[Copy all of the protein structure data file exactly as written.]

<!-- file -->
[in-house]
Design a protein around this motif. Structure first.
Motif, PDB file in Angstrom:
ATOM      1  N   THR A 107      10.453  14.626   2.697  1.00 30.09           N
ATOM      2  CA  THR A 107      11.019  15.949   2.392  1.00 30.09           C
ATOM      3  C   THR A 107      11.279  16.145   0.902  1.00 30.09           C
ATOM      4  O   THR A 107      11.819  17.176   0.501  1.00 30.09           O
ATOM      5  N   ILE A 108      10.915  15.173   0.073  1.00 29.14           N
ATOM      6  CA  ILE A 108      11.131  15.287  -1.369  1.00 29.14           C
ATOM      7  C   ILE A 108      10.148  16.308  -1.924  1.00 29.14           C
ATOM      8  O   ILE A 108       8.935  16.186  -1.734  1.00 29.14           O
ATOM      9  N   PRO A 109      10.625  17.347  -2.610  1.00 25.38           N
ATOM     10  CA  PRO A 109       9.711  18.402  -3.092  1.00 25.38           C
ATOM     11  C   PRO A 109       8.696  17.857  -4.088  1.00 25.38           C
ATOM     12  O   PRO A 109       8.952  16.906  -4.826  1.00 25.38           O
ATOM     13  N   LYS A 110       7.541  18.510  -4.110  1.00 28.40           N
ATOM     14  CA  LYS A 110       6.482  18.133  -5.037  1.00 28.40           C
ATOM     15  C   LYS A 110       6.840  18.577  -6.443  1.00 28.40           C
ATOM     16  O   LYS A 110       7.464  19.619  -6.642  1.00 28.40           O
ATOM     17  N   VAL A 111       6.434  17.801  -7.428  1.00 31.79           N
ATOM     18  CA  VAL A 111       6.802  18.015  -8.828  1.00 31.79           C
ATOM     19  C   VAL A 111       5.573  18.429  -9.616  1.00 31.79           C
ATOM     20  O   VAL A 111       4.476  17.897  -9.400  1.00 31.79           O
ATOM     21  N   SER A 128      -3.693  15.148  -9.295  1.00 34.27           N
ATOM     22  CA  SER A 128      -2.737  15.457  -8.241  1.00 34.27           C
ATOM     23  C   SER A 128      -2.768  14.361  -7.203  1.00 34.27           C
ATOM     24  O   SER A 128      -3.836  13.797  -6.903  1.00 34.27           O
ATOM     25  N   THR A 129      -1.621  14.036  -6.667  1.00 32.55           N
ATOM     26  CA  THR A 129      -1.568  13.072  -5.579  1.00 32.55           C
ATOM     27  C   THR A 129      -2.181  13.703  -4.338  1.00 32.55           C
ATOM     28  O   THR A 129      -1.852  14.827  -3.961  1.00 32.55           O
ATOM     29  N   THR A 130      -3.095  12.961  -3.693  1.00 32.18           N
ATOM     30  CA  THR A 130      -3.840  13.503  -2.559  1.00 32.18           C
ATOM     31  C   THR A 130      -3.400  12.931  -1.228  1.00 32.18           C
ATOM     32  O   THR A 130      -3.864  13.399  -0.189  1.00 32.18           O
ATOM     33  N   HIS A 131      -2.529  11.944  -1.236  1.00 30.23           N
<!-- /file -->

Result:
[in-house]
Design a protein around this motif. Structure first.
Motif, PDB file in Angstrom:
ATOM      1  N   THR A 107      10.453  14.626   2.697  1.00 30.09           N
ATOM      2  CA  THR A 107      11.019  15.949   2.392  1.00 30.09           C
ATOM      3  C   THR A 107      11.279  16.145   0.902  1.00 30.09           C
ATOM      4  O   THR A 107      11.819  17.176   0.501  1.00 30.09           O
ATOM      5  N   ILE A 108      10.915  15.173   0.073  1.00 29.14           N
ATOM      6  CA  ILE A 108      11.131  15.287  -1.369  1.00 29.14           C
ATOM      7  C   ILE A 108      10.148  16.308  -1.924  1.00 29.14           C
ATOM      8  O   ILE A 108       8.935  16.186  -1.734  1.00 29.14           O
ATOM      9  N   PRO A 109      10.625  17.347  -2.610  1.00 25.38           N
ATOM     10  CA  PRO A 109       9.711  18.402  -3.092  1.00 25.38           C
ATOM     11  C   PRO A 109       8.696  17.857  -4.088  1.00 25.38           C
ATOM     12  O   PRO A 109       8.952  16.906  -4.826  1.00 25.38           O
ATOM     13  N   LYS A 110       7.541  18.510  -4.110  1.00 28.40           N
ATOM     14  CA  LYS A 110       6.482  18.133  -5.037  1.00 28.40           C
ATOM     15  C   LYS A 110       6.840  18.577  -6.443  1.00 28.40           C
ATOM     16  O   LYS A 110       7.464  19.619  -6.642  1.00 28.40           O
ATOM     17  N   VAL A 111       6.434  17.801  -7.428  1.00 31.79           N
ATOM     18  CA  VAL A 111       6.802  18.015  -8.828  1.00 31.79           C
ATOM     19  C   VAL A 111       5.573  18.429  -9.616  1.00 31.79           C
ATOM     20  O   VAL A 111       4.476  17.897  -9.400  1.00 31.79           O
ATOM     21  N   SER A 128      -3.693  15.148  -9.295  1.00 34.27           N
ATOM     22  CA  SER A 128      -2.737  15.457  -8.241  1.00 34.27           C
ATOM     23  C   SER A 128      -2.768  14.361  -7.203  1.00 34.27           C
ATOM     24  O   SER A 128      -3.836  13.797  -6.903  1.00 34.27           O
ATOM     25  N   THR A 129      -1.621  14.036  -6.667  1.00 32.55           N
ATOM     26  CA  THR A 129      -1.568  13.072  -5.579  1.00 32.55           C
ATOM     27  C   THR A 129      -2.181  13.703  -4.338  1.00 32.55           C
ATOM     28  O   THR A 129      -1.852  14.827  -3.961  1.00 32.55           O
ATOM     29  N   THR A 130      -3.095  12.961  -3.693  1.00 32.18           N
ATOM     30  CA  THR A 130      -3.840  13.503  -2.559  1.00 32.18           C
ATOM     31  C   THR A 130      -3.400  12.931  -1.228  1.00 32.18           C
ATOM     32  O   THR A 130      -3.864  13.399  -0.189  1.00 32.18           O
ATOM     33  N   HIS A 131      -2.529  11.944  -1.236  1.00 30.23           N